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The Failure of Passive Investors! April 13, 2009

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“The rate of return sought should be dependent, rather, on the amount of intelligent effort the investor is willing and able to bring to bear on his task. The minimum return goes to our passive investor, who wants both safety and freedom from concern.  The maximum return will be realized by the alert and enterprising investor who exercises maximum intelligence and skill.”

Benjamin Graham in The Intelligent Investor

He continues, “In many cases there might be less real risk associated with buying a ‘bargain issue’ offering a chance of a large profit than with a conventional bond purchase yielding 4 1/2%.”

And from his student Warren Buffet we get these ideas:

“Wide diversification is only required when investors do not understand what they are doing.”

“Diversification is protection from ignorance. It makes very little sense for those who know what they are doing.”

“Why not invest your assets in companies you really like?  As Mae West said, ‘too much of a good thing can be wonderful.’ ”

So we see from these highly successful investors that passive investing has from the beginning been a failing strategy.  As Ben Graham instructs us, investing passively in mutual funds [which is what most people do], we should only expect meager returns [that is what the data tells us actually happens].  If we should only expect meager returns, then why expose ourselves to the market risk?

So, the data instructs us, as well as successful investors, on rule #2 for investing; If you want to invest in the equity markets you must become an active [intelligent] investor, otherwise take the conservative route and lower your expectations.

For those who missed rule #1; Build reserves or [financially] die!

What Investment Strategies are the Best in Today’s Environment? January 21, 2009

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I get this question much so I thought I would post on it today.  Research indicates through all the ups and downs going back hundred’s of years, you can make great returns using several strategies.  Now let me be clear, all these strategies we are looking at are long term, greater than 10 years, and require one to accept the actual evidence, not the propaganda.  Any strategy can create losses short term that must be protected against using risk management.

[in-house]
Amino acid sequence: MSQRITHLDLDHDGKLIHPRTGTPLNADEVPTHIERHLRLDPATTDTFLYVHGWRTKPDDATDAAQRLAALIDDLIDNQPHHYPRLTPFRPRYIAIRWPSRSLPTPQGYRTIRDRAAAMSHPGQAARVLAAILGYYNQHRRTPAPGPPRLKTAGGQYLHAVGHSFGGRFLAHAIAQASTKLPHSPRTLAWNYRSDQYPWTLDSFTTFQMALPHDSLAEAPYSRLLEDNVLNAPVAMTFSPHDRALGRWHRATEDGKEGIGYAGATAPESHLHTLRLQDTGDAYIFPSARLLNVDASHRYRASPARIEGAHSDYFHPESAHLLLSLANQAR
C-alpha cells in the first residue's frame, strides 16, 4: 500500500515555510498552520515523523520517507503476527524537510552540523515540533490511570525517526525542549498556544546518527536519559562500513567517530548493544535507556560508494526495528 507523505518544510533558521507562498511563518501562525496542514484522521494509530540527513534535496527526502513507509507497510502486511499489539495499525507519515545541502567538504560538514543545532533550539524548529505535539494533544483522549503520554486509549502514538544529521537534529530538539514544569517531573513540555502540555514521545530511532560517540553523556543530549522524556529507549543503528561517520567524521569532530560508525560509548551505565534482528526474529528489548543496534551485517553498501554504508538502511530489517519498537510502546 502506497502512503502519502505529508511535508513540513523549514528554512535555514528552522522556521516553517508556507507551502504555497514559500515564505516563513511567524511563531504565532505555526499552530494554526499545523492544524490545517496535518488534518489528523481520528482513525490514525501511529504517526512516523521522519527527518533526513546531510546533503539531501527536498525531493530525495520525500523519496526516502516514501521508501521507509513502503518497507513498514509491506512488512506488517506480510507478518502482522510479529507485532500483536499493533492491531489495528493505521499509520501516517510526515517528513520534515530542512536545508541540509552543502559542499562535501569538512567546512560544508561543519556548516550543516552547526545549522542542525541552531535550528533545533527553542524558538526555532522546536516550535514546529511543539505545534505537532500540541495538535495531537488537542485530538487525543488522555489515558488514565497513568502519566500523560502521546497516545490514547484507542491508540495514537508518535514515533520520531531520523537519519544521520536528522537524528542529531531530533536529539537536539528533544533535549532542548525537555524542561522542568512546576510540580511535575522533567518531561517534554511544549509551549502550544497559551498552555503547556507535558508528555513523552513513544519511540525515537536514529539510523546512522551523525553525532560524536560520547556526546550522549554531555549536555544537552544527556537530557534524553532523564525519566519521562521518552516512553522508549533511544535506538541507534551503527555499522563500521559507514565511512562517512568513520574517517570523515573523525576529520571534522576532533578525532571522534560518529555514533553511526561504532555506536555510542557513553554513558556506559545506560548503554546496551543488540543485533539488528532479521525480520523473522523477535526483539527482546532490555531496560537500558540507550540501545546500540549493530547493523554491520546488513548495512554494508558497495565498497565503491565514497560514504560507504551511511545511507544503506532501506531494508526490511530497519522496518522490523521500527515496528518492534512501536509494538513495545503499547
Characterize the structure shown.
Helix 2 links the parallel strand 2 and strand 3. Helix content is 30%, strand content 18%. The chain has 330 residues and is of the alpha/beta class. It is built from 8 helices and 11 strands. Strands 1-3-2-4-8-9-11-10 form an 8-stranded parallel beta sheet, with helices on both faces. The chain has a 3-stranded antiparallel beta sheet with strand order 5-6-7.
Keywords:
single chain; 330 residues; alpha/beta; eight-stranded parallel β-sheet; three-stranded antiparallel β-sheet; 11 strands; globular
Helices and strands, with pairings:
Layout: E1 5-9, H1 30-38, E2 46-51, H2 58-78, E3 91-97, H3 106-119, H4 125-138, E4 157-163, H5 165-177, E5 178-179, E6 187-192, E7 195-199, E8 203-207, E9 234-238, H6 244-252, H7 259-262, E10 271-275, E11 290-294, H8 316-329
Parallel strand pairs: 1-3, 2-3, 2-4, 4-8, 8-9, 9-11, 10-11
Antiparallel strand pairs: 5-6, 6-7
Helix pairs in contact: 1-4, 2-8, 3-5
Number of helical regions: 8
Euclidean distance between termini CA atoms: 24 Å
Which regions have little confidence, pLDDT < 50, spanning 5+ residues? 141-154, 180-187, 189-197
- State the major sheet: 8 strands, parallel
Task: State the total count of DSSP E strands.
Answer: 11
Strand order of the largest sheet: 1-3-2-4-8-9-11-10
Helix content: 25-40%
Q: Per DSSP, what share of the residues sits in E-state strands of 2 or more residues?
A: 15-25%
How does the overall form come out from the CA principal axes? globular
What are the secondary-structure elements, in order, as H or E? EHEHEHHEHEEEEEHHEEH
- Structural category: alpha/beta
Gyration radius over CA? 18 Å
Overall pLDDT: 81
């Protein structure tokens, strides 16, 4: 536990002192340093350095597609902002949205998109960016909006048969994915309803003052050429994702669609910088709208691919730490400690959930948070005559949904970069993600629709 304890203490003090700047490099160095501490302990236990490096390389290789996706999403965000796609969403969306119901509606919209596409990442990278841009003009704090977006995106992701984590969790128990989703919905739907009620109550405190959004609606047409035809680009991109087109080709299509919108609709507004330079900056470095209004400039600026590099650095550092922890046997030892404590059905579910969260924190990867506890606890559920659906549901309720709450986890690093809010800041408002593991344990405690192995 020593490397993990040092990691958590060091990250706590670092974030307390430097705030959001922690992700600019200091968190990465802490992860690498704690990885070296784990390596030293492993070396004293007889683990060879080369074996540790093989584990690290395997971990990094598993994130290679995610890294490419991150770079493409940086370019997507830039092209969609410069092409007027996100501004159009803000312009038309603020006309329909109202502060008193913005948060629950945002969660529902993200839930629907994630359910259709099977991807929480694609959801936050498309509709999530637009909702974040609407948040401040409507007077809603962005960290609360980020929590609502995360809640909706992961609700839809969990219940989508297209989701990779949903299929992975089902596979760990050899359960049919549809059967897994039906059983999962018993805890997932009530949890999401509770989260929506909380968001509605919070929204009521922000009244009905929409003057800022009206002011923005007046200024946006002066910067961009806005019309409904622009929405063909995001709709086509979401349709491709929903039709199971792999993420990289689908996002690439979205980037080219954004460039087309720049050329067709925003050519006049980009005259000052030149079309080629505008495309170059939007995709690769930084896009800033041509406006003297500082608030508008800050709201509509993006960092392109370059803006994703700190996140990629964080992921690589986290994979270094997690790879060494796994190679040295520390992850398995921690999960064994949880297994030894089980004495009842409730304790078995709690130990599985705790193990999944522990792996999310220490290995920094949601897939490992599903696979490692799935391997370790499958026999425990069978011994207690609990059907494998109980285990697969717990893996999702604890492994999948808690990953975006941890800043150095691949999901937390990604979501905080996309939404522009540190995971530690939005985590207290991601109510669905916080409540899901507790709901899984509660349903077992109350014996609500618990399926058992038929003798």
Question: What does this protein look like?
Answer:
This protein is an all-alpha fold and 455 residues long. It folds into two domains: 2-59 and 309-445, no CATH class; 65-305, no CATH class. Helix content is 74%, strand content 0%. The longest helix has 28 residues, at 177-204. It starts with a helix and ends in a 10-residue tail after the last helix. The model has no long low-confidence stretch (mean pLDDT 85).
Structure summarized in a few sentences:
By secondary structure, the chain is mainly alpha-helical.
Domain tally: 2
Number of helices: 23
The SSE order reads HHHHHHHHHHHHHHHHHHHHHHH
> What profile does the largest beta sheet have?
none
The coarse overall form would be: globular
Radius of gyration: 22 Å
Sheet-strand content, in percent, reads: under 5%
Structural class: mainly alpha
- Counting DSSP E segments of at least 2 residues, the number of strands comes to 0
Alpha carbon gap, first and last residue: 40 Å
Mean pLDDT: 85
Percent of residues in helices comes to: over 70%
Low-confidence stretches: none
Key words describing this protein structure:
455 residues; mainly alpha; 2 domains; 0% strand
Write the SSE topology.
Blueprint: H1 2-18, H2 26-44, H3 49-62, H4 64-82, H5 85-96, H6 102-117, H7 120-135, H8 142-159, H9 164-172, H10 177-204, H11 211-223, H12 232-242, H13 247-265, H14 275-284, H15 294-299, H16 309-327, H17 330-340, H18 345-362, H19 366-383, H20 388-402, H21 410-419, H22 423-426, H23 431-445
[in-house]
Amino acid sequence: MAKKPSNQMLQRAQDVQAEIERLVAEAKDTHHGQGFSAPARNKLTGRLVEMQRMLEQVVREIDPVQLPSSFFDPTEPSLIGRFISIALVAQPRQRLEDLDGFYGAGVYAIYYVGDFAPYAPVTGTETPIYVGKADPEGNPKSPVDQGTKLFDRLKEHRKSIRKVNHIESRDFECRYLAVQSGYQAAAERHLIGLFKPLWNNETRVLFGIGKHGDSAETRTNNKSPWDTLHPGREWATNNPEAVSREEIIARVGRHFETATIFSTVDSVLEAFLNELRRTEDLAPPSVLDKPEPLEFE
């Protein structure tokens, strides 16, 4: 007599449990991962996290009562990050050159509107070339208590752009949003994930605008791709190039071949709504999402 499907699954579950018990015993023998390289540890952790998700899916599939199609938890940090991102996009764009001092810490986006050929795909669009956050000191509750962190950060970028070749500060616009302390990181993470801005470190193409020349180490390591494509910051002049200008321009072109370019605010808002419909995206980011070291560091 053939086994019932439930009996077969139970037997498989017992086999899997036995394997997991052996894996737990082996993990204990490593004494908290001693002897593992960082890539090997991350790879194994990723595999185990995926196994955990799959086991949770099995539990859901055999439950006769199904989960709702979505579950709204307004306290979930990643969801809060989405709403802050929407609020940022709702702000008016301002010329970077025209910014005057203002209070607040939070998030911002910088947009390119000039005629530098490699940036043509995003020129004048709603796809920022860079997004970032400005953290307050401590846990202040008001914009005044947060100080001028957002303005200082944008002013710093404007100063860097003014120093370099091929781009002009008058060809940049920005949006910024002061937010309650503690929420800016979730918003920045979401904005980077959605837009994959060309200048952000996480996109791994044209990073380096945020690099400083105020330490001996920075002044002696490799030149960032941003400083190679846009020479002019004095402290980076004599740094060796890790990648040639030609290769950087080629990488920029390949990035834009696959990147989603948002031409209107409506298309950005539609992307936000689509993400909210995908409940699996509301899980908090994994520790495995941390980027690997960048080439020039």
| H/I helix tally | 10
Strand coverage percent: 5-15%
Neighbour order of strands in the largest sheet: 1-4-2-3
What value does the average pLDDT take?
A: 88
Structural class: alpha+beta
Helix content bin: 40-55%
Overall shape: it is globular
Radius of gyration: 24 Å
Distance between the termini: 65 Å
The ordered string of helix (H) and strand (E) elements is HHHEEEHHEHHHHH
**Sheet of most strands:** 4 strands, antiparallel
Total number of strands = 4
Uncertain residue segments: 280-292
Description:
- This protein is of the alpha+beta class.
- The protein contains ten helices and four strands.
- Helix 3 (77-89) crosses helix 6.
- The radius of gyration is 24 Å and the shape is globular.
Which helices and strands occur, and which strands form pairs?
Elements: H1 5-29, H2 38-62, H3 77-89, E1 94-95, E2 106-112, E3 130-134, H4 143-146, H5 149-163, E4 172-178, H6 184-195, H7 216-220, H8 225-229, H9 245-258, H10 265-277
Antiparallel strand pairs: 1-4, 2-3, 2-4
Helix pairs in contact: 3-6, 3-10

First a listing of the failed strategies.  By failed I mean failure to produce double digit returns, which are required to produce wealth.  Now I have posted on many of these strategies as a way to protect wealth against inflation once it has been acquired.  But what we are analyzing here is wealth creation, not wealth preservation.

Savings accounts, Certificate of Deposits, money market accounts, Bonds (corporate or government), mutual funds, cash value life insurance, cash, and unleveraged primary residences (real estate) all are failed wealth creation strategies that folks flock to in time of fear, like now.

Now on to the successful strategies.  By successful I mean that we have proof that many folks have used these strategies to get double digit returns over more than 10 years and have created wealth (from small to grand) using the strategy.